counseling services or treatments they find objectionable. Tait Sye, a
spokesman for the Planned Parenthood Federation of America, pointed out
that, under the new rule, it would be difficult to identify such a

“Your boss doesn’t know,” Sye said. “The patient doesn’t know. The
hospital doesn’t know … No one knows. And it creates an enormous
potential for chaos.”

Meanwhile, states aren’t waiting around for Washington lawmakers to
act. In Connecticut, for example, state Attorney General Richard
Blumenthal is considering legal action to prevent the new regulation
from taking hold. Blumenthal says he’s worried that the change could
prevent victims of rape from receiving emergency contraception.

“We went through a very lengthy, painstaking, contentious process to
reach our statute in Connecticut which has worked well for everyone,”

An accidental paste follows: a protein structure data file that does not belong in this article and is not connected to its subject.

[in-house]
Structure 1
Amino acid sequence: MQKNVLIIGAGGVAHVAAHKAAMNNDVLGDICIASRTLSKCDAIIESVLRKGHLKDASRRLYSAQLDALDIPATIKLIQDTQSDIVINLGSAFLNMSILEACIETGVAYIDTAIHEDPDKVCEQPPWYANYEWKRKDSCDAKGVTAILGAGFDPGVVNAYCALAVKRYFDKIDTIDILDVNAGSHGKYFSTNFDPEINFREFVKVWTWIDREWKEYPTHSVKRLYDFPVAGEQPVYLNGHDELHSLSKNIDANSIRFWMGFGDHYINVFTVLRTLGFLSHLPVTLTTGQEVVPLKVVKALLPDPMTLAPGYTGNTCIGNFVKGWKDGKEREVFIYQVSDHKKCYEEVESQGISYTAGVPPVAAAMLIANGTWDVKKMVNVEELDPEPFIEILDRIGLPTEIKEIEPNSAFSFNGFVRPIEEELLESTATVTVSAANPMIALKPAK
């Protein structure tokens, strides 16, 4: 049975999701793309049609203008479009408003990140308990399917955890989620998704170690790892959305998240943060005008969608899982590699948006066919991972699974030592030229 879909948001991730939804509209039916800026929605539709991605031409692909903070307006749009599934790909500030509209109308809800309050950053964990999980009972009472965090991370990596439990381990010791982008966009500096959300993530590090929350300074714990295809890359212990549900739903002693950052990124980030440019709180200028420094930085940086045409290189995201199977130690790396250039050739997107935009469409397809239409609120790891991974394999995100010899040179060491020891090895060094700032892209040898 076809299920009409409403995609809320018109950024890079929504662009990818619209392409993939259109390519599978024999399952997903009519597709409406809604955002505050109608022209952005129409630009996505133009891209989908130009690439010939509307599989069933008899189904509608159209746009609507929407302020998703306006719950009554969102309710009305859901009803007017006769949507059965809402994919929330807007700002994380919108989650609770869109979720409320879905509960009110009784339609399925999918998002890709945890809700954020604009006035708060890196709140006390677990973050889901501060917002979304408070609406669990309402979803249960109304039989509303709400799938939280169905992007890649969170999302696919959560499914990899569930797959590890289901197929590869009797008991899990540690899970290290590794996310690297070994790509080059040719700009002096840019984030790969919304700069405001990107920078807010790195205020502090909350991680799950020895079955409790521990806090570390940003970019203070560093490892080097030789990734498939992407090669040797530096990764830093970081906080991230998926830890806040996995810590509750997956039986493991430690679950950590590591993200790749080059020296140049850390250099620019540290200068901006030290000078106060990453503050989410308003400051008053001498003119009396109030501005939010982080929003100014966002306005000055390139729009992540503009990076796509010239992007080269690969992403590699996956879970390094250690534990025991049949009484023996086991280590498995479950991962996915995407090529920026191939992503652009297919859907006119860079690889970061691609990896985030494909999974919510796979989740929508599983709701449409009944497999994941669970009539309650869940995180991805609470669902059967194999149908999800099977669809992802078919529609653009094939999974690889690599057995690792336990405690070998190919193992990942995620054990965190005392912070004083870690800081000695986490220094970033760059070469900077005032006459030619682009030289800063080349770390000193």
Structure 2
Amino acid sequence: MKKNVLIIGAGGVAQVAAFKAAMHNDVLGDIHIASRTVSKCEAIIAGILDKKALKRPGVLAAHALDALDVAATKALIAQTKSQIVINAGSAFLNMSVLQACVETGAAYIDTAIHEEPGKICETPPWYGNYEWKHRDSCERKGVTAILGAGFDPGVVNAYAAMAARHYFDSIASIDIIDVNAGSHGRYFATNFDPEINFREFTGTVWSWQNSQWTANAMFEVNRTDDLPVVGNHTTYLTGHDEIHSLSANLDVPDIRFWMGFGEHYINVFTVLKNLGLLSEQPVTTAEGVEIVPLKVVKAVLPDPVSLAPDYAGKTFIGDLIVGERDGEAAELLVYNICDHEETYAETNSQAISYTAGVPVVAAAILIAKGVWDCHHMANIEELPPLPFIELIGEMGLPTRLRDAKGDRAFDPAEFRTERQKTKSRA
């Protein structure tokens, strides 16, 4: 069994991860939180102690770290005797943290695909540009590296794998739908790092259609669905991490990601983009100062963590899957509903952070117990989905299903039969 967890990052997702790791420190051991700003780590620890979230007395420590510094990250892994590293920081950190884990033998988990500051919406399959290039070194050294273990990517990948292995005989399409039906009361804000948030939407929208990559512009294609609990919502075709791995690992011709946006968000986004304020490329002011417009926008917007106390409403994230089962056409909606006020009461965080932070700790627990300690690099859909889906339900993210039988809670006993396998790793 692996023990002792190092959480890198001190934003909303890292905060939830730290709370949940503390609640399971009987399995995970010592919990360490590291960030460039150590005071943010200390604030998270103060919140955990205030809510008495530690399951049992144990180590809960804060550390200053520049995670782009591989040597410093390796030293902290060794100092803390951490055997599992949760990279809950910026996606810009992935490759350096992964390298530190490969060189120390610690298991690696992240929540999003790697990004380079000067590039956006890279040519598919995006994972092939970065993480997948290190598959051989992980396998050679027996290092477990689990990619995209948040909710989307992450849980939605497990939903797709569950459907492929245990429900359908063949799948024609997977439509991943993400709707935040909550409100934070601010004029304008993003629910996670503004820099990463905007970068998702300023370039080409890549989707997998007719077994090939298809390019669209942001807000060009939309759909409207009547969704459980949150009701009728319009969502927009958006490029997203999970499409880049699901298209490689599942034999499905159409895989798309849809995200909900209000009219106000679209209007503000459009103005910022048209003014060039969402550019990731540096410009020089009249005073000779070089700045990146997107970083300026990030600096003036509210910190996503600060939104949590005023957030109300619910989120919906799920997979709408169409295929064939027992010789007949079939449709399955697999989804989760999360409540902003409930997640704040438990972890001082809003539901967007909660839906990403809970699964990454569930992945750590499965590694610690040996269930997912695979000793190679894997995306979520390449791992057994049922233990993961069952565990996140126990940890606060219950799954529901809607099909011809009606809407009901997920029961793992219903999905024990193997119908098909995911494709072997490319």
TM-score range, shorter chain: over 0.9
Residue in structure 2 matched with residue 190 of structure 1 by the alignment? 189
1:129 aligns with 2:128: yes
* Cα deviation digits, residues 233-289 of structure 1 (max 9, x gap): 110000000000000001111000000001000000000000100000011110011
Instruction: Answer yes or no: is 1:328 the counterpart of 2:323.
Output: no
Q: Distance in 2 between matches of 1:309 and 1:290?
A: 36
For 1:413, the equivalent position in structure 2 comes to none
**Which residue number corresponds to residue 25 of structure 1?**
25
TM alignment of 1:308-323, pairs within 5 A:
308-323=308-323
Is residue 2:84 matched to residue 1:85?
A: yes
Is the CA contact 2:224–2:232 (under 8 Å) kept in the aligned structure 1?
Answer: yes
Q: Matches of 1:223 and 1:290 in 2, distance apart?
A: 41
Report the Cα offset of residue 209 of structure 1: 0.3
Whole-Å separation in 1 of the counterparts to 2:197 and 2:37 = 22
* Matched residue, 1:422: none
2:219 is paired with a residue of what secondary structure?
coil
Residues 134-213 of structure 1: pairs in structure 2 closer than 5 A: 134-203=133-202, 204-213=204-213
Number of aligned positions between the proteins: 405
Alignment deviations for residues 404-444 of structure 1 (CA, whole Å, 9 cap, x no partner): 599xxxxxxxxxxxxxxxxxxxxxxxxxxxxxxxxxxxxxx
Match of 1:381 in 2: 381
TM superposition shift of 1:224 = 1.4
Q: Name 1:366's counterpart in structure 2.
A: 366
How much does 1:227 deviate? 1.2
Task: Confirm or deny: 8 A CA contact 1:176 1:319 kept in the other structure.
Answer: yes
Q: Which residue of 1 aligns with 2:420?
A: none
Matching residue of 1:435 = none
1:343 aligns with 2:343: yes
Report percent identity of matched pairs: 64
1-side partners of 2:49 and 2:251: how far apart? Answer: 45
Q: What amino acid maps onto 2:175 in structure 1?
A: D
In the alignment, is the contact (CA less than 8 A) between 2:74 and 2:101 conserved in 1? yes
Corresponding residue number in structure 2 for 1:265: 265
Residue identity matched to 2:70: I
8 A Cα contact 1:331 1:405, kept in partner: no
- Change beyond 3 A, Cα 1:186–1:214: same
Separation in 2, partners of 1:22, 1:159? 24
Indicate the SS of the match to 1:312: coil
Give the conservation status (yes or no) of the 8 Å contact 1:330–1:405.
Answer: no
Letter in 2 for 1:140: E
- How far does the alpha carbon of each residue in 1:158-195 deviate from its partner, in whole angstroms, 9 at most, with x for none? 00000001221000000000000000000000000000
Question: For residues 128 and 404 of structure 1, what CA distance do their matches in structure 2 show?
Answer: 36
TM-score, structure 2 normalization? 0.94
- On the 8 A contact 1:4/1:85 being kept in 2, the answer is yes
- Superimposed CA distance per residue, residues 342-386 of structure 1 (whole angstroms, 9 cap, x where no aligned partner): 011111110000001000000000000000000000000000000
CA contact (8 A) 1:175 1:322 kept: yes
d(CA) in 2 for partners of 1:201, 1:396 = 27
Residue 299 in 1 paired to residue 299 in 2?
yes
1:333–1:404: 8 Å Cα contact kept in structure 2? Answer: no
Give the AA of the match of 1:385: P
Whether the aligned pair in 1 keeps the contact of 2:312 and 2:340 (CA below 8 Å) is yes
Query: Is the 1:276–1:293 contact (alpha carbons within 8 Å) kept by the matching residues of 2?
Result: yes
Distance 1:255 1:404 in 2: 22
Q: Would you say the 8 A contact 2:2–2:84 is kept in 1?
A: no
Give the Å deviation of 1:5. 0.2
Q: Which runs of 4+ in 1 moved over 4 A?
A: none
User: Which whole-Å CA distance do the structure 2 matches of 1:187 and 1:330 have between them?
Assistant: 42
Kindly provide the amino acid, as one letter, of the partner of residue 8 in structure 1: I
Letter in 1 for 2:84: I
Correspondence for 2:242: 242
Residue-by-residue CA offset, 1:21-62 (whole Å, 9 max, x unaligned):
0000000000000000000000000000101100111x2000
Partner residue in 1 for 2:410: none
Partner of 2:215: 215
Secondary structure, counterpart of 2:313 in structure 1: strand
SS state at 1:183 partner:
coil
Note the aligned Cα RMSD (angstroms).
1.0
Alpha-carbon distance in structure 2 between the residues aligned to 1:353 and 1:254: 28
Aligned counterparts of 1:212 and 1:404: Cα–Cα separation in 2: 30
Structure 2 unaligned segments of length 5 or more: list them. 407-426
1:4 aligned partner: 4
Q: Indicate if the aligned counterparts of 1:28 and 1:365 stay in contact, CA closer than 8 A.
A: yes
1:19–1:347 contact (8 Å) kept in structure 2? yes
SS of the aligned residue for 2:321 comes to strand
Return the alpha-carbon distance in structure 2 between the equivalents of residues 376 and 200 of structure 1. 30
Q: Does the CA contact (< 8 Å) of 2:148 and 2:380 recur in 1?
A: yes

Blumenthal told The Associated Press earlier this month.

Attorneys general from at least a dozen other states have joined
Blumenthal in their vocal condemnation of the new rule. More recently,
health officials and lawmakers in New Mexico, Iowa and Colorado are also weighing in with concerns.

The right-of-conscience rule is not the only regulation to be
ushered from the White House in recent weeks. Rules to ease
restrictions on mountaintop mining, expand oil shale development and
allow commercial fisheries to police their own polluting have all
emerged from the White House in the final moments of President George
W. Bush’s lame-duck term. Still, none has inspired the outcry of the
“right to conscience” rule.

“On its way out the door,” DeGette said, “the Bush Administration
has, once again, stubbornly and irresponsibly attacked Americans’
access to health care.”